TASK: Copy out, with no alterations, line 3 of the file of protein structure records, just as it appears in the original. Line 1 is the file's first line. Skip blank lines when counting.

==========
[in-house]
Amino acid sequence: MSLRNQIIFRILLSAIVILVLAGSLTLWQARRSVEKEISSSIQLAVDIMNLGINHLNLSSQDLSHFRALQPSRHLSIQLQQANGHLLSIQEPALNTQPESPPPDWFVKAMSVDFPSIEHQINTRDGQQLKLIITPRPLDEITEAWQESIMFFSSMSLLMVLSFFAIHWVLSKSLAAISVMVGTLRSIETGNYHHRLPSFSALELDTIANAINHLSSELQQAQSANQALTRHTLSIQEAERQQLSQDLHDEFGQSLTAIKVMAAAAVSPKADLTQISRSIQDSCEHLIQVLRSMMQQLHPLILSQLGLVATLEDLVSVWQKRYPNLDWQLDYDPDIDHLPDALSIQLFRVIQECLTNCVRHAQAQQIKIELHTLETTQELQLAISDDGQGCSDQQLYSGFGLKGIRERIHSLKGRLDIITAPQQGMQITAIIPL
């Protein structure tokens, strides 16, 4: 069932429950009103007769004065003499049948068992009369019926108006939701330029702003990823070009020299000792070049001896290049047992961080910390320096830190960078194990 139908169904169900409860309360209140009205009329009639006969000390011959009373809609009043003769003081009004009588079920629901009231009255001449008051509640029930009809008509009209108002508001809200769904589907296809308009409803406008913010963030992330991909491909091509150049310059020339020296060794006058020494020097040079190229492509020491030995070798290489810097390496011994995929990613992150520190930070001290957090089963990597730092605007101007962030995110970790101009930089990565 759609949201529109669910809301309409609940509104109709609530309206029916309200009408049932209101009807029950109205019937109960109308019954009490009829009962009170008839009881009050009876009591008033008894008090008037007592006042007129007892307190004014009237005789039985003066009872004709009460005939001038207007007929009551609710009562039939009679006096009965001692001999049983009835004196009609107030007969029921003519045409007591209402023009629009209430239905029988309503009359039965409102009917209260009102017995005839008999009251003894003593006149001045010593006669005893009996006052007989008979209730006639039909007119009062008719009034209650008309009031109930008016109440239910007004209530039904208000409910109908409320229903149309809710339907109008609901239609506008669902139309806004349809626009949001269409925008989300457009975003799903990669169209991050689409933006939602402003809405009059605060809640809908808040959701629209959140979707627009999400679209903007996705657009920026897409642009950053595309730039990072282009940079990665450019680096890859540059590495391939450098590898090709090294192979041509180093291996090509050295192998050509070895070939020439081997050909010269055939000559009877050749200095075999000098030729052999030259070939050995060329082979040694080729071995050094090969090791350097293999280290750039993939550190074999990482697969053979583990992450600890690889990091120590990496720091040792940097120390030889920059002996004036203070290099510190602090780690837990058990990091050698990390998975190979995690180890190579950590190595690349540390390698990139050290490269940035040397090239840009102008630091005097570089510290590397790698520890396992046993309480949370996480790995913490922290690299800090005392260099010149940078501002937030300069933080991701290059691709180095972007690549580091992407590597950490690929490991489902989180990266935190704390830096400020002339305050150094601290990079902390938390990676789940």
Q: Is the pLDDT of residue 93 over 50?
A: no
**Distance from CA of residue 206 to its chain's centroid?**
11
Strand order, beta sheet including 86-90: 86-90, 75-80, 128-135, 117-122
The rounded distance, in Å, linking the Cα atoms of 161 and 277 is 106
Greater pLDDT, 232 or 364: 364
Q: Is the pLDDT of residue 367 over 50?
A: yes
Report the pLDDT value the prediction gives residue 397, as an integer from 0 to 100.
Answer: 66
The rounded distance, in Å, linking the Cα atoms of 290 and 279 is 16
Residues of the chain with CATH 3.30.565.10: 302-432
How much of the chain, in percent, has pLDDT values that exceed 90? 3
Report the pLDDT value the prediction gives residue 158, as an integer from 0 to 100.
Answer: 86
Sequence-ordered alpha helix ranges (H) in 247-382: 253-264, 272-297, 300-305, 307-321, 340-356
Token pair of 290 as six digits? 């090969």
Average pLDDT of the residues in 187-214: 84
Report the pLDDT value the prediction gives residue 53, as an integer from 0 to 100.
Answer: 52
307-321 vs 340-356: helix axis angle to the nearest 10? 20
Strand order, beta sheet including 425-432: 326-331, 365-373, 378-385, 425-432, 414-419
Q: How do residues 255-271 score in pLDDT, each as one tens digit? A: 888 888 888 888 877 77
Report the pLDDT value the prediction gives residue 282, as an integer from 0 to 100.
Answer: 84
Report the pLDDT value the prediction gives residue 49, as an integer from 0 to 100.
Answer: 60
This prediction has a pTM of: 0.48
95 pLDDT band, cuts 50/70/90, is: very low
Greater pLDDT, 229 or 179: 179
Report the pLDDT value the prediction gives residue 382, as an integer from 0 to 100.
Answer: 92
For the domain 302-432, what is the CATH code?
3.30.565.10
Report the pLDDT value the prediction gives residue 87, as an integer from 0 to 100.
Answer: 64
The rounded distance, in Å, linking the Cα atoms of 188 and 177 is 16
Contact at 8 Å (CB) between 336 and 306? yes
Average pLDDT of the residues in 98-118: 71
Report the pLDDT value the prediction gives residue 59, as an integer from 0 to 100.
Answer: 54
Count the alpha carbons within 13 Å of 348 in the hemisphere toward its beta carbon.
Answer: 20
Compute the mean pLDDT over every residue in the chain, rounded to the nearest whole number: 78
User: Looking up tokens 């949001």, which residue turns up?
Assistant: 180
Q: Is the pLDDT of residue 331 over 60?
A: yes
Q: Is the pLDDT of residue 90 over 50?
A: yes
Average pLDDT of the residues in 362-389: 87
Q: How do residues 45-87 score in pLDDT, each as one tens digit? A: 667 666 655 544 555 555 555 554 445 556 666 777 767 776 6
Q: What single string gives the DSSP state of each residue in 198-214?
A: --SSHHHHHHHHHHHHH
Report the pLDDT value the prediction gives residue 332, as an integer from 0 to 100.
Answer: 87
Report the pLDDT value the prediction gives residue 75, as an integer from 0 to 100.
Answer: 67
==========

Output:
């Protein structure tokens, strides 16, 4: 069932429950009103007769004065003499049948068992009369019926108006939701330029702003990823070009020299000792070049001896290049047992961080910390320096830190960078194990 139908169904169900409860309360209140009205009329009639006969000390011959009373809609009043003769003081009004009588079920629901009231009255001449008051509640029930009809008509009209108002508001809200769904589907296809308009409803406008913010963030992330991909491909091509150049310059020339020296060794006058020494020097040079190229492509020491030995070798290489810097390496011994995929990613992150520190930070001290957090089963990597730092605007101007962030995110970790101009930089990565 759609949201529109669910809301309409609940509104109709609530309206029916309200009408049932209101009807029950109205019937109960109308019954009490009829009962009170008839009881009050009876009591008033008894008090008037007592006042007129007892307190004014009237005789039985003066009872004709009460005939001038207007007929009551609710009562039939009679006096009965001692001999049983009835004196009609107030007969029921003519045409007591209402023009629009209430239905029988309503009359039965409102009917209260009102017995005839008999009251003894003593006149001045010593006669005893009996006052007989008979209730006639039909007119009062008719009034209650008309009031109930008016109440239910007004209530039904208000409910109908409320229903149309809710339907109008609901239609506008669902139309806004349809626009949001269409925008989300457009975003799903990669169209991050689409933006939602402003809405009059605060809640809908808040959701629209959140979707627009999400679209903007996705657009920026897409642009950053595309730039990072282009940079990665450019680096890859540059590495391939450098590898090709090294192979041509180093291996090509050295192998050509070895070939020439081997050909010269055939000559009877050749200095075999000098030729052999030259070939050995060329082979040694080729071995050094090969090791350097293999280290750039993939550190074999990482697969053979583990992450600890690889990091120590990496720091040792940097120390030889920059002996004036203070290099510190602090780690837990058990990091050698990390998975190979995690180890190579950590190595690349540390390698990139050290490269940035040397090239840009102008630091005097570089510290590397790698520890396992046993309480949370996480790995913490922290690299800090005392260099010149940078501002937030300069933080991701290059691709180095972007690549580091992407590597950490690929490991489902989180990266935190704390830096400020002339305050150094601290990079902390938390990676789940």